3. Quantitative analysis of natural resource management options at different scales

    NARCIS (Netherlands)

    Keulen, van H.

    2007-01-01

    Natural capital (land, water, air) consists of many resources, each with its own quality, dynamics and renewability, but with strong interactions. The increasing competition for the natural resources, especially land and water, calls for a basic redirection in the analysis of land use. In this

  4. Climate change adaptation and mitigation options a guide for natural resource managers in southern forest ecosystems

    Science.gov (United States)

    James M. Vose; Kier D. Klepzig

    2014-01-01

    The rapid pace of climate change and its direct and indirect effects on forest ecosystems present a pressing need for better scientific understanding and the development of new science-management partnerships. Understanding the effects of stressors and disturbances (including climatic variability), and developing and testing science-based management options to deal...

  5. Energy management in microgrid based on the multi objective stochastic programming incorporating portable renewable energy resource as demand response option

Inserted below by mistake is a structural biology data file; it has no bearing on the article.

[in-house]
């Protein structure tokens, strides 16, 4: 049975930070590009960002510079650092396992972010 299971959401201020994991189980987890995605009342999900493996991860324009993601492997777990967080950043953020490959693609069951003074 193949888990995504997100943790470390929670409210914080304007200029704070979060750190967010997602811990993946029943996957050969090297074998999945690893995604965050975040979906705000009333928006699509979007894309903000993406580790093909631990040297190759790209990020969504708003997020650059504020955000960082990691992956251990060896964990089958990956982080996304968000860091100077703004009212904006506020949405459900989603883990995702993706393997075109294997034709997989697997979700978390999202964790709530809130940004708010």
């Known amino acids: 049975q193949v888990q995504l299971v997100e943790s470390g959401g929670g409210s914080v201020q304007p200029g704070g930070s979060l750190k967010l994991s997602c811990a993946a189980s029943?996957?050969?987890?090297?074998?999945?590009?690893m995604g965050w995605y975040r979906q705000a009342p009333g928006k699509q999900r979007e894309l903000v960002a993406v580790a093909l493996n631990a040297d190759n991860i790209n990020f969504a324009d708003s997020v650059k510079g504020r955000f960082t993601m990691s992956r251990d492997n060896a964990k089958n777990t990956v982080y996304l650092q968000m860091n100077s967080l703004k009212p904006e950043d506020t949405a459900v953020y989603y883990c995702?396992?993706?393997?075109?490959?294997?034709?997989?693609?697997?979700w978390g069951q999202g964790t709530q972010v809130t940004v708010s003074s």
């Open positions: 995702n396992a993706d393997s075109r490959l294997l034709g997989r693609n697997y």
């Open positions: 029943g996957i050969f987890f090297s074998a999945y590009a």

International Nuclear Information System (INIS)

    Tabar, Vahid Sohrabi; Jirdehi, Mehdi Ahmadi; Hemmati, Reza

    2017-01-01

    Renewable energy resources are often known as cost-effective and lucrative resources and have been widely developed due to environmental-economic issues. Renewable energy utilization even in small scale (e.g., microgrid networks) has attracted significant attention. Energy management in microgrid can be carried out based on the generating side management or demand side management. In this paper, portable renewable energy resource are modeled and included in microgrid energy management as a demand response option. Utilizing such resources could supply the load when microgrid cannot serve the demand. This paper addresses energy management and scheduling in microgrid including thermal and electrical loads, renewable energy sources (solar and wind), CHP, conventional energy sources (boiler and micro turbine), energy storage systems (thermal and electrical ones), and portable renewable energy resource (PRER). Operational cost of microgrid and air pollution are considered as objective functions. Uncertainties related to the parameters are incorporated to make a stochastic programming. The proposed problem is expressed as a constrained, multi-objective, linear, and mixed-integer programing. Augmented Epsilon-constraint method is used to solve the problem. Final results and calculations are achieved using GAMS24.1.3/CPLEX12.5.1. Simulation results demonstrate the viability and effectiveness of the proposed method in microgrid energy management. - Highlights: • Introducing portable renewable energy resource (PRER) and considering effect of them. • Considering reserve margin and sensitivity analysis for validate robustness. • Multi objective and stochastic management with considering various loads and sources. • Using augmented Epsilon-constraint method to solve multi objective program. • Highly decreasing total cost and pollution with PRER in stochastic state.